(Epilog to that story: The next year, in Indianapolis, I was hanging on the periphery of the bar, having lost some of my hard-won confidence over the past twelvemonth. I saw Scott with some people and was deciding whether to re-introduce myself when he spotted me. “Hey, Dana. We’re about to go to get something to eat. Do you want to come?” Bouchercon doubts cured forever. Scott Phillips is a true humanitarian.)

I had to miss San Francisco and St. Louis for reasons beyond my control. (Still bummed about St. Louis, which is one of my favorite towns.) Sat on my first panel in Cleveland, my second in Albany (moderated by Peter Rozovsky, thus completing that whole Bouchercon Circle of Life™ thing), went to the Shamus banquet as a nominee in Long Beach, and have a panel next month in Raleigh. (As well as Author Speed Dating, which shows how much I’ve come around on that whole talking to strangers thing.) Lord willing and the creeks don’t rise, I’ll be in New Orleans, Toronto, and St. Petersburg. Bouchercon is my primary social/creative event of the year, and I work budgets and vacations around it.

I still remember Baltimore vividly. So, if anyone who reads this is going to their first—or second, or third, or…--Bouchercon and feels at all uncomfortable abut speaking to an author (or at least someone who thinks of himself as one), please say hello if you see me. I’ll be happy to talk, and will have a few books on hand to dispense free gratis (as Al Swearengen would say) if you mention this blog post. If you don’t see me, or I’m otherwise occupied, say hello to The Beloved Spouse, who will talk to anybody. She has no standards at all. She married me, didn’t she?


pattinase (abbott) said...

Feel much like you did at the first one and it has never gotten much better for me. But I will persevere and try again.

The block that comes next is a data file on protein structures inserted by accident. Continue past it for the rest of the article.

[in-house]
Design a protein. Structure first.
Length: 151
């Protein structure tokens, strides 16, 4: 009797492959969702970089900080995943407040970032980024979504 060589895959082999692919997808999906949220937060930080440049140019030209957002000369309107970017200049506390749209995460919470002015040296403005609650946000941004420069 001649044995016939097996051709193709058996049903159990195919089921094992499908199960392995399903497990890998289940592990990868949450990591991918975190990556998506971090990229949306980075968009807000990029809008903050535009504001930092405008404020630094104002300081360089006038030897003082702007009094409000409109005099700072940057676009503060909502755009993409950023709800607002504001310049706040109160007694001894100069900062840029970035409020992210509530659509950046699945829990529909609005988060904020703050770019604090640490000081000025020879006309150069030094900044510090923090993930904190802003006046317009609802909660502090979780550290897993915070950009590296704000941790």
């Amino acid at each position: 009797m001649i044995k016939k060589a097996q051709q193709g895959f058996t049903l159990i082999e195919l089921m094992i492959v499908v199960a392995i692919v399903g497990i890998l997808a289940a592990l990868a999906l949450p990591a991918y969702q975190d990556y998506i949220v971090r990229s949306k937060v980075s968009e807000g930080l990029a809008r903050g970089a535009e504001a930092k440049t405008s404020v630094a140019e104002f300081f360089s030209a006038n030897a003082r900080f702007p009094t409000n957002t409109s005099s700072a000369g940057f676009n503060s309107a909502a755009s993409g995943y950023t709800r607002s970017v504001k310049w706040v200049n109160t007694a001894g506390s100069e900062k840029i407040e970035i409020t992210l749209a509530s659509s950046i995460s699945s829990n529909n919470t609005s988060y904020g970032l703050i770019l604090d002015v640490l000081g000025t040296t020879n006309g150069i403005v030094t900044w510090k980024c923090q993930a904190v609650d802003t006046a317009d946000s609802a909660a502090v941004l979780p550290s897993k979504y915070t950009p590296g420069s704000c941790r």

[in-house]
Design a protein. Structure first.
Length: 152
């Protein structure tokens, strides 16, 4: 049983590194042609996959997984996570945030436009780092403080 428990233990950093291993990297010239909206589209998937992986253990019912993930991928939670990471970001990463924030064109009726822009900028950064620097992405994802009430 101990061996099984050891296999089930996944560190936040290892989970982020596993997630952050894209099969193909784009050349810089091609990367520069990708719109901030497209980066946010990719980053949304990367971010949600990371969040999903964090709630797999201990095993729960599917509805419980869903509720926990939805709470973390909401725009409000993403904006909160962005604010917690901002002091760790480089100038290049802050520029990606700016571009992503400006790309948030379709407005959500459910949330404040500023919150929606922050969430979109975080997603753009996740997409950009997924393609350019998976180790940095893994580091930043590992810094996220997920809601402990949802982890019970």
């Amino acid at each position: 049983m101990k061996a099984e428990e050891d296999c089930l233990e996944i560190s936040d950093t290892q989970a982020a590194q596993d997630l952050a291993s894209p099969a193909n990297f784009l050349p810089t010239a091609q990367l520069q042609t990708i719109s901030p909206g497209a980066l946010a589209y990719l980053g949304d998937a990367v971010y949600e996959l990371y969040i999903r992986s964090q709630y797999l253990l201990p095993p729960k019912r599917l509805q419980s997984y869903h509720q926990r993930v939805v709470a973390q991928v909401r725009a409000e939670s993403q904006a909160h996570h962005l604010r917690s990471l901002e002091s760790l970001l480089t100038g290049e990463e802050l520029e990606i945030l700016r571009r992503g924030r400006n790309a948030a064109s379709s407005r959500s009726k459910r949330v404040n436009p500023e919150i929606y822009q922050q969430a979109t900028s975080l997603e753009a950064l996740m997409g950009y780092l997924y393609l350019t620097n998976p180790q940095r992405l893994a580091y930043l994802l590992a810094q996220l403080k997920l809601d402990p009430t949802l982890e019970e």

Dana King said...

Come see me. I promise to introduce you to at least a couple of other people.

For what it's worth, writing has made this much easier for me,. When in doubt, I think "What would Nick Forte do in this situation?" and do a little role playing. Works every time, and I have't beaten or shot anyone yet. (Nick is apparently on his best behavior when I channel him.)

Teresa Wilson said...

In addition, volunteering is a great way to meet people and it gives you something to do, plus it helps everyone. Even if you only volunteer for 1 hour that is a win win for everyone. I have found so many friends and new authors this way.

Jim Collins said...

Thanks for this. It's very encouraging to those of us who aren't as comfortable with all the new people. Will look for you in Durham!

Dana King said...

Great advice. I need to take it myself sometime. in five years of encountering B'con volunteers, I have never met one who didn't appear to having a good time.

Dana King said...

Please do. I'll look forward to it, and I'll keep a book handy for you.

Kristi said...

Patti and Teresa and Dana and Jim,
come say hi to me, I'm always shy and nerdy, but try to put myself out there.

Peter Rozovsky said...
This comment has been removed by the author.
Peter Rozovsky said...

I had a built-in gang of peeps at that Baltimore Bouchercon, which was also my first one, people I had a met a few months before at Noircon in Philadelphia (Scott Phillips was one of them.) But what I say to anyone worried or shy or who doesn't know anyone is that if you read a good book, you'd get excited and want to tell your friends or colleagues, but maybe they don't read much, or they don't share your interest in crime fiction. At Bouchercon, you're with 1,500 people with whom you have at least one interest in common and will know what you're talking about. So jabber away.